And so, yes, there was a very good reason Grefe kept the monster's head just out of frame for the vast majority of the picture. I can’t even fathom trying to submerge that headpiece, but would dearly love to see some outtake reels where they tried. Now, Hobarth subbed in for actor John Vella when he was in Were-Jellyfish mode, so that’s him doing most of the killing, and that’s him donning the inflatable head piece for the climax, where it becomes quickly clear that Hobarth couldn’t see a damned thing while he was wearing it, which also explains why he seldom wore it while he got his murder on. I mean, with those flippers, he could barely maneuver as it was on land, resulting in some pretty turgid chase scenes. And I love how during the climax, when Karen screams at the first reveal, she’s soon out of breath and panting by the time the monster actually gets close enough to menace her.

Now, you may be asking yourself, Wasn’t that a little dangerous, tying a plastic bag around your head? And the answer would be, Yes. Yes it was. Hobarth would later recount running out of air while filming the climax, overheating, and passing out. And as you watch the fight, where Hobarth is obviously using that flare as a beacon as he blindly stumbles around and reaches for his opponent, you can see the bag rapidly deflating as the oxygen inside is replaced with carbon dioxide. I tell ya, one can only watch and boggle, folks. As Lyz Kingsley said in her review of The Sting of Death over at And You Call Yourself a Scientist, “[Hobart] rose to the challenge by whipping together a monster so hilariously, so mind-bogglingly inept, it almost circles right back around and becomes a work of sheer genius."

Hobart would also team up with Harry Kerwin for some very effective special makeup effects, too. The scarring on Egon is top notch, and at the end, when Egon’s dreams go up in smoke and it looks like the back of his head detonated on impact is startlingly effective. (Pretty sure they borrowed H.G. Lewis’ secret recipe for Kaopectate based stage blood, too.)

Acting wise, I think Grefe got the best he could out of his cast. Joe Morrison was a holdover from Grefe’s first two films, and comes off fine as a poor man’s John Ashley. The script does Valerie Hawkins no favors, as Karen is the worst kind of dense; and so, one hopes Hawkins was into the method if you know what I mean. John Vella actually brings some pathos to Egon. But the rest of the cast is pretty much a blur as they are all just there to be ogled at and get killed. Sharp eyes will spot future Land of the Giants co-star, Deanna Lund, as Karen’s friend, Jessica. She was Larry King’s fiancee at the time of filming, whose career in broadcasting began in Miami.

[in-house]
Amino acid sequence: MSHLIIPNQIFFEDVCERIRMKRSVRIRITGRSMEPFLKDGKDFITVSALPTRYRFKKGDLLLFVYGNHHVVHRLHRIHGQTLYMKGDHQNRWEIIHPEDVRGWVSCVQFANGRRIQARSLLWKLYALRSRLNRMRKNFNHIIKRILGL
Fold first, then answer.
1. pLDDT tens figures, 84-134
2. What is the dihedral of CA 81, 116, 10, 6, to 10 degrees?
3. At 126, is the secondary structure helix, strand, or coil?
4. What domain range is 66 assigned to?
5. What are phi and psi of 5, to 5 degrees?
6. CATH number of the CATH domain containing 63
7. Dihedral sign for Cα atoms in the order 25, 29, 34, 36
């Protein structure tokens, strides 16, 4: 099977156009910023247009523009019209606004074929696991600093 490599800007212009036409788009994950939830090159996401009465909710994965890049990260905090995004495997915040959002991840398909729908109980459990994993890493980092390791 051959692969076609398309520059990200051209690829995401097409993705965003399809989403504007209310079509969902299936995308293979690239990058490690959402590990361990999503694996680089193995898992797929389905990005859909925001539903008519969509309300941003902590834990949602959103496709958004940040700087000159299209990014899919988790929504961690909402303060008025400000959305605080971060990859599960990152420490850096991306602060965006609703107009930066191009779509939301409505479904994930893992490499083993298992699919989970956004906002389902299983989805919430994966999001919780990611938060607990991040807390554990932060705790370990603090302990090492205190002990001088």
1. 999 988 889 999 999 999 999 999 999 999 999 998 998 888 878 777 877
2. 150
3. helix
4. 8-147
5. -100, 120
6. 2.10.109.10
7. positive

Once filming wrapped, and all efforts to find a second feature to attach to it failed, Flink and the boys at Thunderbird Pictures turned to Grefe to bail them out and cook something up quick and have it ready to release in less than four months, which netted the equally gonzo Death Curse of Tartu (1966), which Grefe wrote in less than 24-hours and started shooting about twelve hours later. He made his April deadline, and this notorious double-feature hit the southern drive-in circuit a month later. Alas, it never went national, which is too bad. More people really need to see these movies.

And before I wrap this up, one should also note how freakin’ amazing Sting of Death looks, and how much the amazing Technicolor just pops off the screen. The too blue water, the fashions, the hairstyles, just BOOM and KAPOW! I swear, each and every frame looks like a mint postcard from 1965, or a spread from a catalog or travel brochure of the same vintage. The film was shot on 35mm and was almost lost forever due to some invasive mold damage when the folks at Something Weird Video got a hold of the original print. And after two labs took a pass, saying the film was unsalvageable, a third worked a miracle, preserving this vibrant piece of utter nonsense and filmmaking chutzpah in digital perpetuity and we, as film watchers, are better for it.

What is Hubrisween? This is Hubrisween. And now, Boils and Ghouls, be sure to follow this linkage to keep track of the whole conglomeration of reviews for Hubrisween right here. Or you can always follow the collective head of knuckle on Letterboxd. That's 19 reviews down with 7 to go! Up Next: Death by trombone.

The Sting of Death (1965) Essen Productions Inc. :: Thunderbird International Pictures / P: Richard S. Flink, Joseph Fink, Juan Hidalgo-Gato / AP: Hank Rifkin / D: William Grefé / W: William Kerwin / C: Julio C. Chávez, Julio Roldan / E: Julio C. Chávez / M: Al Jacobs, Lon E. Norman / S: Joe Morrison, Valerie Hawkins, John Vella , Jack Nagle, Sandy Lee Kane, Deanna Lund, Lois Etelman, Blanche Devereaux, Doug Hobart, Judy Lee, Robert Stanton